Canning Stock Route 2004

Trip Leader: Chris?  Peter? or  Ivan?
When: 1st July to 16th July 2004
Location: Canning Stock Route,  Gibson Desert.
Participants: Chris, Peter and Ivan
 
 
It’s a cool clear night and I am sitting around a great campfire with good mates and travelling companions Peter and Ivan enjoying a beer. No work for 4 weeks and a lot of adventure to look forward to. “It doesn’t get any better than this I am thinking.”
We have decided that trip notes would be best done in 5-day blocks and I have offered to take up the pen for the first five.
 
As I stare into the fire and ponder how best to record our trip, I  consider how this trip did not start yesterday morning at Gingers Roadhouse. It started 18 months ago when Peter first floated the idea of a trip along the Canning. A track 1,800 kms in length  and surveyed 90 odd years ago for the purposes of droving cattle from  Halls Creek to Wiluna. Along the track at 30kms intervals we could expect to find the original wells in various states of repair. The wells were constructed by Canning and his party to water the cattle at the end of each day’s droving.
 
As no fuel would be available on route, limited water supplies, no garages, not to mention bottle shops and bakeries, it was always going to be a trip that would require a fair amount of planning.
 
The planning and vehicle preparation is behind us now and its night 2 as I sit here thinking  that its taken until this evening for all that excitement and nervous expectation to subside enough for me to really start to enjoy the pleasures of such a trip.
 
You may be wondering, when am I going to stop waffling and get on with the job of trip notes. Right now.
 
Day 1 started at Gingers at 7.00 am and we planned to travel thru to just short of Meekatharra on bitumen all the way. It’s a fairly bland drive to Meeka, but we kept ourselves entertained with talk of what we have forgotten to pack and what we could expect to see over the next few days.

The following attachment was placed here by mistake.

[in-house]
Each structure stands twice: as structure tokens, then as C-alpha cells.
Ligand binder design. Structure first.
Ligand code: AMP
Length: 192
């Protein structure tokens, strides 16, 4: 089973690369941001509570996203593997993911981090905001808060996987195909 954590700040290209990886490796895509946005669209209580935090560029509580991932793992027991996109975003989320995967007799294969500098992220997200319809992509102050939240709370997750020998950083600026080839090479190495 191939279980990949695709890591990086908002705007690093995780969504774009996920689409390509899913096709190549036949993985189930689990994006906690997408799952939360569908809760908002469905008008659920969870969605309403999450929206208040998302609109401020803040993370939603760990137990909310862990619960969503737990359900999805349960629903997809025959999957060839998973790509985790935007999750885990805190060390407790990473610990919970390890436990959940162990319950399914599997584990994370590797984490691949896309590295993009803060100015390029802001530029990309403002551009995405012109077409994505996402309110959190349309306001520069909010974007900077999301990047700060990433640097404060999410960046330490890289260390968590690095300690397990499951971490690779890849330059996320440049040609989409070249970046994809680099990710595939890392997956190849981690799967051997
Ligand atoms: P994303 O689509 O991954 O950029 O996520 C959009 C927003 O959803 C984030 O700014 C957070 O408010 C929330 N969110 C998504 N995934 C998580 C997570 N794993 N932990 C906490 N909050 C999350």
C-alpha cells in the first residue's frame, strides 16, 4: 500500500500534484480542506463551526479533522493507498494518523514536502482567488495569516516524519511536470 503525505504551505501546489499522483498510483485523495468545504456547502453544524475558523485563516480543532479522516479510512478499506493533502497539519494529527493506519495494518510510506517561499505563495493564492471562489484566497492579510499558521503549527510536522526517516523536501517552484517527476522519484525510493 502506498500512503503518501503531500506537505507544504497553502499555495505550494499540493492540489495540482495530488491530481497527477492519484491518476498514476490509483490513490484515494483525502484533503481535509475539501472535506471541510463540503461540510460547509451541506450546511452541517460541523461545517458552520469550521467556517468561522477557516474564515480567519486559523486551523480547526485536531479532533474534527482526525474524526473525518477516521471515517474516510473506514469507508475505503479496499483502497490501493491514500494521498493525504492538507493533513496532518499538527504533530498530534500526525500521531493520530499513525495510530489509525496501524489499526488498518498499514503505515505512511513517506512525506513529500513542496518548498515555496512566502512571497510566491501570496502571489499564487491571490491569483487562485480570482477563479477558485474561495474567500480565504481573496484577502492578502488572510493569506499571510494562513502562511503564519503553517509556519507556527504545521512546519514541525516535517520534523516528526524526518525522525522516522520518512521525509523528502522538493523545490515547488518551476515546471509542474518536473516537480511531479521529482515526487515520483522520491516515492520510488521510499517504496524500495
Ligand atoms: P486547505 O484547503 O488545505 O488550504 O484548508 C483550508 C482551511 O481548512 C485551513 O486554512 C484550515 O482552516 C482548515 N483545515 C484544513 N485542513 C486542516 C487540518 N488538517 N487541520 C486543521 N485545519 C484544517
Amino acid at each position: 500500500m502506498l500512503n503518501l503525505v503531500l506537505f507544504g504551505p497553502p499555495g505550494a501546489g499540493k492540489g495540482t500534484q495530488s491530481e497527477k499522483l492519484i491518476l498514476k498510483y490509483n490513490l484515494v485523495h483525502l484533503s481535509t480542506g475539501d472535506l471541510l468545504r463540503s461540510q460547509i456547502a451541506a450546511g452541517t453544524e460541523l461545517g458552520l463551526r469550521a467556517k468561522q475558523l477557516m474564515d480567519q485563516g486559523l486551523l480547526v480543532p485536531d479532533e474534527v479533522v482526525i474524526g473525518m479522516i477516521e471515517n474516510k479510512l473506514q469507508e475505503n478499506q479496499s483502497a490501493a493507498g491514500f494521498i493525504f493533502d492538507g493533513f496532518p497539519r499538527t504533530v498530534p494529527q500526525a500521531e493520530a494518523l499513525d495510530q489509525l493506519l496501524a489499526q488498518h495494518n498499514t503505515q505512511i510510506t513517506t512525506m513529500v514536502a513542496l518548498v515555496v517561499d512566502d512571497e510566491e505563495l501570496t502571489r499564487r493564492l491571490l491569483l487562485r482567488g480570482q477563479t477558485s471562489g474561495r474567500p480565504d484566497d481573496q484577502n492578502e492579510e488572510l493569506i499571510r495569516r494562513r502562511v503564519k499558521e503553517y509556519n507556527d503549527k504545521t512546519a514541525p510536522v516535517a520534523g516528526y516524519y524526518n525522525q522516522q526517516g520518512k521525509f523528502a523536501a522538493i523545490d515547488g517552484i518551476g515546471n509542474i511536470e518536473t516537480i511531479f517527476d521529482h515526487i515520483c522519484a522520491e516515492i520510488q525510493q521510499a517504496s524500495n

Our first crisis was at morning tea when Ivan realised his Anzacs were not to be found. He continued turning the car inside out for several days, swearing black and blue that he was sure they were in there some where.
 
Day 2  Up at 6.00am and it’s freezing. Hope it warms up as we get further down the track. We have enjoyed our first night in our bush camp and we  are back on the bitumen by 8.10am. Wiluna is the start of the CSR and we arrive there about midday. As we pull into the service station to fuel up for the last time, Ivan’s car, affectionately known as ” Henry”, gets a flat tyre. If there is a right place to get a flat, its while you’re at a service station. Very good of Henry. Tyre fixed and with emergency Anzacs purchased from the servo, we head for the start of our adventure.
 
The Stock Route starts with a well-formed gravel road for the first 30 kms, as this is the road thru to an aboriginal community.
 
When the CSR was surveyed it was 5 kms wide. We presume that this was to give the stock a good area to graze on as they made there journey south. The wells are located along the CSR at points where water was most available, and the vehicle track that has been made subsequently is not always close to the wells.